A Real-World AP Automation Journey
By Mark Brousseau
It's not often that an organization can reduce its workforce while significantly growing its volume, but that's exactly what University Hospitals, one of the nation's leading healthcare systems, did by rethinking and automating processes in its accounts payable (AP) shared services department.
The healthcare system's shared services center has supported a 63 percent increase in invoice volume with a 17 percent reduction in full-time equivalents (FTEs), Jeff Lubbe, corporate finance director, University Hospitals, told attendees at Kofax Transform 2011 Americas this week in San Diego.
When University Hospitals set out to revamp its AP operations a few years back, several factors were driving its thinking: external pressure to improve profitability, its desire to reduce back-office costs and reinvest the savings in patient care, and its desire to improve satisfaction with AP processing. What's more, the AP department's old technology infrastructure presented several challenges:
- Lost and misplaced invoices
- High costs for non-value added tasks
- Lots of time focused on keying instead of analytics
- Lack of information for workload monitoring
- Lack of accountability to resolve problem invoices
- Difficult verifying non-PO invoice approvals
- Lag time to receive approval on non-PO invoices
- Issues around coding of invoices to invalid accounts
Against this backdrop, it's not surprising that AP was blamed anytime an invoice was paid late.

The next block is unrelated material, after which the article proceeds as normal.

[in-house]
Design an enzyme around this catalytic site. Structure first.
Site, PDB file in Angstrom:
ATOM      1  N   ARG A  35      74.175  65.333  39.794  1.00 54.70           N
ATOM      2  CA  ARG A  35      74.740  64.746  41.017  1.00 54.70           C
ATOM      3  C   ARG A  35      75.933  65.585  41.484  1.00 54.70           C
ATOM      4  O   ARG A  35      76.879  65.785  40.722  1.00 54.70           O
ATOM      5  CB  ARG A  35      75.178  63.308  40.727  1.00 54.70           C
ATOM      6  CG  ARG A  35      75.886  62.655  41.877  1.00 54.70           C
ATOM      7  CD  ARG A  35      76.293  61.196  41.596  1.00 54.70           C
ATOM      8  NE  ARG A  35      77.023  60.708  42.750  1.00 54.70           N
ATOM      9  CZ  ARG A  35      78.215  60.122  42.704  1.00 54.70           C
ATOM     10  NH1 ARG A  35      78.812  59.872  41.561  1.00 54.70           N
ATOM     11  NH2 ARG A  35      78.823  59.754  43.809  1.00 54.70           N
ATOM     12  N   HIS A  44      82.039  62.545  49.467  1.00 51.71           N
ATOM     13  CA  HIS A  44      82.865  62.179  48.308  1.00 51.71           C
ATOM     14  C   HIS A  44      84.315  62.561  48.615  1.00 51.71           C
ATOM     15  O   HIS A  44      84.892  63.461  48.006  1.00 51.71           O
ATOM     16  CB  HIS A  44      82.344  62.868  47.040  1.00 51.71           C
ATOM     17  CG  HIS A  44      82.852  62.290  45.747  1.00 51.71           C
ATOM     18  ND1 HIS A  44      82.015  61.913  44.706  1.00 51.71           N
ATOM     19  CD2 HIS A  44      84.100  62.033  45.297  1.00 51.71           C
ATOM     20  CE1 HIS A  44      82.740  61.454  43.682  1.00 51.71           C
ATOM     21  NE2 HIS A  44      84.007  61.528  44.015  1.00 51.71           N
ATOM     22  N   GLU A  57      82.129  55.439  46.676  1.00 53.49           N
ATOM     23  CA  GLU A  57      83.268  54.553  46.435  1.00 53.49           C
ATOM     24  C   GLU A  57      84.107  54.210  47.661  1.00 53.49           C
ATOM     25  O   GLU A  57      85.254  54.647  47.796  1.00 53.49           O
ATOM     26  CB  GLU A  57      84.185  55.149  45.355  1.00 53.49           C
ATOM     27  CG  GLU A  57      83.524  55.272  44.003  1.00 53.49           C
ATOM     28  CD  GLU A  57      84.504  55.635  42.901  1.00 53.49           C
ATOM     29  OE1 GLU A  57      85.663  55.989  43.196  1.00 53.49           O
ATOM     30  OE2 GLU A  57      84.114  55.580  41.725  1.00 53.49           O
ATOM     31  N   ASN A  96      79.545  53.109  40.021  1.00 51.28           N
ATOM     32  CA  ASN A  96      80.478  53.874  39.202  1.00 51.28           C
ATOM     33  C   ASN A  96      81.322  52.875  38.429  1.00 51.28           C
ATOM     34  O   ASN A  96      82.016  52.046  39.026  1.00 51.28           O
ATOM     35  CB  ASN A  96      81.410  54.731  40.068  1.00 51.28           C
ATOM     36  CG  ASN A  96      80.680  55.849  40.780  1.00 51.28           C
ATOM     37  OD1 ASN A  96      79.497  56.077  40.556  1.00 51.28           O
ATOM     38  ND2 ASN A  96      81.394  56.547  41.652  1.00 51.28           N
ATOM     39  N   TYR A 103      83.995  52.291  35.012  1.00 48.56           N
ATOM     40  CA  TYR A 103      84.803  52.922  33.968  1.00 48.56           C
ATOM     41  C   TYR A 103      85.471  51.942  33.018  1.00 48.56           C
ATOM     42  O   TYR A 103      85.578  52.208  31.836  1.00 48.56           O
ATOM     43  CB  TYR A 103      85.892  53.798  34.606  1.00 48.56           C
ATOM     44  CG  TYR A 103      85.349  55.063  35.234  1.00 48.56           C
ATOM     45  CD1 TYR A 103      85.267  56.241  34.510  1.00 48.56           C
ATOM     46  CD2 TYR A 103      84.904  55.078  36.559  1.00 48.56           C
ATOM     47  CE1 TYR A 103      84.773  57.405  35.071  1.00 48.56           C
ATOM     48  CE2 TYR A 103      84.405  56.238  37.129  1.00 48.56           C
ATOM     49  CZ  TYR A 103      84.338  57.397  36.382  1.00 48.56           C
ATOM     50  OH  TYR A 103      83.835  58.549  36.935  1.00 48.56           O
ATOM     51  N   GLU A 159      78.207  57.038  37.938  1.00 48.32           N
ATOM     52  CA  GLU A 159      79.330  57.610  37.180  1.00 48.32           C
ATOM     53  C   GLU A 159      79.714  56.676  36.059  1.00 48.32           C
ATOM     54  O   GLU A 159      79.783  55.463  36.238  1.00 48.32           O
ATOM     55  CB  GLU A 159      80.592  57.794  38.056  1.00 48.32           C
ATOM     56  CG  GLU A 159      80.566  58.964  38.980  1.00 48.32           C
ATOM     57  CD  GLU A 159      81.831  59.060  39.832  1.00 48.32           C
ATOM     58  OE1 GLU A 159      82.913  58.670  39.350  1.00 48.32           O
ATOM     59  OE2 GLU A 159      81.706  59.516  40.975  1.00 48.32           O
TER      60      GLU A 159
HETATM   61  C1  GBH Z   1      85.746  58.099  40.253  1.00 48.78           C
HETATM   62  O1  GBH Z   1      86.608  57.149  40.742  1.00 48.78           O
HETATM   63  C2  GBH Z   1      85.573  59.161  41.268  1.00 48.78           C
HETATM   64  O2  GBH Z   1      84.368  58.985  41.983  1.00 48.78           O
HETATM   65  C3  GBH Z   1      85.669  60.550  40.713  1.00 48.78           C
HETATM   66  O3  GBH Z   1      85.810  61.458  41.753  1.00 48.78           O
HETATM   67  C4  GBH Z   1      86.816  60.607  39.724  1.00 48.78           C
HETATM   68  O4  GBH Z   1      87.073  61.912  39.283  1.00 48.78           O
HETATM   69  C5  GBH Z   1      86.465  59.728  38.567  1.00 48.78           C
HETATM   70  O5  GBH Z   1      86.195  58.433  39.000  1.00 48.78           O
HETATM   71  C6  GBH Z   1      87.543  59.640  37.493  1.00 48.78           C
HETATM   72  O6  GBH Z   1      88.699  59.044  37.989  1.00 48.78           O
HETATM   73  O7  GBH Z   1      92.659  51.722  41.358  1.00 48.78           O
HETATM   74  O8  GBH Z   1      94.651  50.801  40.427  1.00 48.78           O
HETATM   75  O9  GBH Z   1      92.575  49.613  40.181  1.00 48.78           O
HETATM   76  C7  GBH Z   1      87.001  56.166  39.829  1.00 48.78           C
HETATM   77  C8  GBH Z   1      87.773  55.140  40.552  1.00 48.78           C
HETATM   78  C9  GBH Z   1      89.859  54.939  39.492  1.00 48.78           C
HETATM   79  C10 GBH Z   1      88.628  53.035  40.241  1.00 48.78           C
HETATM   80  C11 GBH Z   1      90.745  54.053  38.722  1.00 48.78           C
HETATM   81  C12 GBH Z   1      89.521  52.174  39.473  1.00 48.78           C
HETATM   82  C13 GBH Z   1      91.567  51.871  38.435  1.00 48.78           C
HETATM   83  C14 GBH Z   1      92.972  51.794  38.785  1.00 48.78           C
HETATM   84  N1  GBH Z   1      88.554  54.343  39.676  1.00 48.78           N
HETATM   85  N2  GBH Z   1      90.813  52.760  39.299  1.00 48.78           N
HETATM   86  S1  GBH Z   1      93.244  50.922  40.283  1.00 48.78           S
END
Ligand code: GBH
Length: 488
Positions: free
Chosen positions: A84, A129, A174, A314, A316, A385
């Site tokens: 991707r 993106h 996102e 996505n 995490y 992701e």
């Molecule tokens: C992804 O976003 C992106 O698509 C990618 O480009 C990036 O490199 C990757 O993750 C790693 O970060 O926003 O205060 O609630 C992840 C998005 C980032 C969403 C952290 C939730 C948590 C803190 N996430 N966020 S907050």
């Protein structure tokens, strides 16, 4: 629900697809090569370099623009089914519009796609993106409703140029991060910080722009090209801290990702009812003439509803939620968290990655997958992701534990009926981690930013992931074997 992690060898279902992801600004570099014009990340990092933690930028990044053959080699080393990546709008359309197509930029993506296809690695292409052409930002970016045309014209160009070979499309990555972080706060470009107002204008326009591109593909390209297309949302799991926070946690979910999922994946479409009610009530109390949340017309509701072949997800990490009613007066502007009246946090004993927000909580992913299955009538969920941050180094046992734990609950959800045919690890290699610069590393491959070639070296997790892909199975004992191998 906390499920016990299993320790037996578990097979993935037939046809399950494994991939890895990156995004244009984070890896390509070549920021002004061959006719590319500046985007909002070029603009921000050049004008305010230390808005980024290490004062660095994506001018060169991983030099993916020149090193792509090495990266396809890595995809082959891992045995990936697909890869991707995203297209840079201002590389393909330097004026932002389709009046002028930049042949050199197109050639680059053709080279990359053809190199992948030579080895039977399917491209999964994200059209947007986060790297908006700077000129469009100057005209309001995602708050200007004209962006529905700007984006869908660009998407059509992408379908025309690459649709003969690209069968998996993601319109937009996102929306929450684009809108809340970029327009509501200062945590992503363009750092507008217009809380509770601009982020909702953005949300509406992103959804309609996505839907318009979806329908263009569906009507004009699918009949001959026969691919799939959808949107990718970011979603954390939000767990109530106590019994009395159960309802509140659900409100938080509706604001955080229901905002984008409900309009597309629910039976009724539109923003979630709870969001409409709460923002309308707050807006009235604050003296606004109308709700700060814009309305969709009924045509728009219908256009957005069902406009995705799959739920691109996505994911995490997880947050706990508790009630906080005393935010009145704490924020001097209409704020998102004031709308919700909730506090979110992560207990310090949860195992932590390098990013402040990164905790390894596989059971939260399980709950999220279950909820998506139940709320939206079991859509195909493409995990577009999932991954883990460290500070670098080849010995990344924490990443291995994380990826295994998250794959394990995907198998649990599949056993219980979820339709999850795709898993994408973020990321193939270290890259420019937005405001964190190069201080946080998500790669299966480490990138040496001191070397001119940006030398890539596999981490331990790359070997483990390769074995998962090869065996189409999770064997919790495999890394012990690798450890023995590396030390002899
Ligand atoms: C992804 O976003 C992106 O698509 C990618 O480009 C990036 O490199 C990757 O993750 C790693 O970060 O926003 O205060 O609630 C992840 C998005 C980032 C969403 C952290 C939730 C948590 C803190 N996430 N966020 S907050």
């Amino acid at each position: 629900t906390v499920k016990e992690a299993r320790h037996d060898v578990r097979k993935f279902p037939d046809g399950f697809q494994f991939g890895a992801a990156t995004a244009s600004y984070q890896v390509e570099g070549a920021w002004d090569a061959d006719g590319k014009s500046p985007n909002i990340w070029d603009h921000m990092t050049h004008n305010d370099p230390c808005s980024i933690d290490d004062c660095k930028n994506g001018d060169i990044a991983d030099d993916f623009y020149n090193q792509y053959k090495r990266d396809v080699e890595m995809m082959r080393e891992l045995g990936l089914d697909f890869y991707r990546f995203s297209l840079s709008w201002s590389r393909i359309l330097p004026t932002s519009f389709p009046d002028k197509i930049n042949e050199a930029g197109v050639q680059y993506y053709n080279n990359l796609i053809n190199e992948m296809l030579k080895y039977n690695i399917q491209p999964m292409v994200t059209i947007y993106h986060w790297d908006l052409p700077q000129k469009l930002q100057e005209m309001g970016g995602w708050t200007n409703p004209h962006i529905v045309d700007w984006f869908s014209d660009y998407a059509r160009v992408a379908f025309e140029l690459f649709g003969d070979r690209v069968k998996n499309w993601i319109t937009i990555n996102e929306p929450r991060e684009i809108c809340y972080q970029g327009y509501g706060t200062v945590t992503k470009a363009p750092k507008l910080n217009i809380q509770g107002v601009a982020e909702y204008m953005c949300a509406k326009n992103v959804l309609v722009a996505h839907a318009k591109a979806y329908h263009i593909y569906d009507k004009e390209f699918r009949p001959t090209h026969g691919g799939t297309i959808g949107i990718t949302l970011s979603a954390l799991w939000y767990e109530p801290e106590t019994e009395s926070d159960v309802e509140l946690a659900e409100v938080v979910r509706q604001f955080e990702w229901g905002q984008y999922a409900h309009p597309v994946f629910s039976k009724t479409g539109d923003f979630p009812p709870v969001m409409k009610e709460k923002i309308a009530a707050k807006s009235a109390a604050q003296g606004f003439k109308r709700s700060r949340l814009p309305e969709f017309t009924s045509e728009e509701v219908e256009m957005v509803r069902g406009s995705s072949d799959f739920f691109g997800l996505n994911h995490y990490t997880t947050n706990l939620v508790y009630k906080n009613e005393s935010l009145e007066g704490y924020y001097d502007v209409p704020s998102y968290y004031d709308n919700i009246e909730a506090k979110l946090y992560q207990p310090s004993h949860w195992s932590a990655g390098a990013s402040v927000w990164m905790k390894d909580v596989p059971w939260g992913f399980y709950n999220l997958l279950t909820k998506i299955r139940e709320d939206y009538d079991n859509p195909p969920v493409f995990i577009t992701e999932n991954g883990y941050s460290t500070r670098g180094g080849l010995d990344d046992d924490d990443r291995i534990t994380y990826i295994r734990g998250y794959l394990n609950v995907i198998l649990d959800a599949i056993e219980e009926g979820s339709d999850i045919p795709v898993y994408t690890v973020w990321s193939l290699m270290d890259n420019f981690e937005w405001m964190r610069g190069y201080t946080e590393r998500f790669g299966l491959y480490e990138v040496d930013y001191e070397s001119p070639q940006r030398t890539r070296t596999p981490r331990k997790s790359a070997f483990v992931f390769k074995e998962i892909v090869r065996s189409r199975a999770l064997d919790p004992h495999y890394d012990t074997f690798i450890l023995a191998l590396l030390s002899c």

With the implementation of an Oracle enterprise resource planning (ERP) system, University Hospitals felt it finally had a strong base that it could build on for its automation strategy.
The first phase of University Hospitals' automation strategy was to consolidate its AP operations, consolidate invoices and suppliers, identify technology-ready suppliers with high invoice counts ("We wanted to see where we could use EDI [electronic data interchange] or spreadsheet uploads," Lubbe said), and takea hard look at internally generated transactions for process improvements.
In the second phase of its AP automation strategy, Lubbe said University Hospitals implemented a document imaging and automated workflow solution, and began utilizing a self-service solution for expenses and non-PO invoicing. University Hospitals selected MarkView software from 170 Systems (now part of Kofax) for its document imaging and automated workflow solution.
"Our strategy was to select an Oracle application – since we are an Oracle shop – and if one didn't exist, to select an Oracle partner that had a solution that was intuitive, cost effective and scalable," Lubbe told attendees. "We chose 170 Systems because of MarkView's integration with Oracle, the company's proven track record of best-practices implementations, its extensive financial automation experience, and MarkView's breadth of out-of-the-box functionality. It was a really great fit for us."
Today, University Hospitals has automated about 75 percent of the invoices that come into its enterprise, Lubbe said. The final phase of the medical system's original AP automation plan will include deploying an optical character recognition (OCR) solution, and refocusing AP staff on analytical tasks, such as problem and hold resolution, statement reconciliation, and discount capture.
To automate its data capture, University Hospitals began deploying Kofax Capture and Kofax Transformation Management in December, and expects to complete the implementation in March. Lubbe said the medical system selected the Kofax products because of their integration with MarkView and Kofax's leadership position in the intelligent data capture market.
While data capture is sure to provide additional benefits, Lubbe said he's already pleased with the progress the medical system has made in automating its AP processes. "We have improved internal control, improved productivity of the AP department and its manager, increased visibility, avoided AP headcount increases, and improved the perception of AP and finance," Lubbe concluded.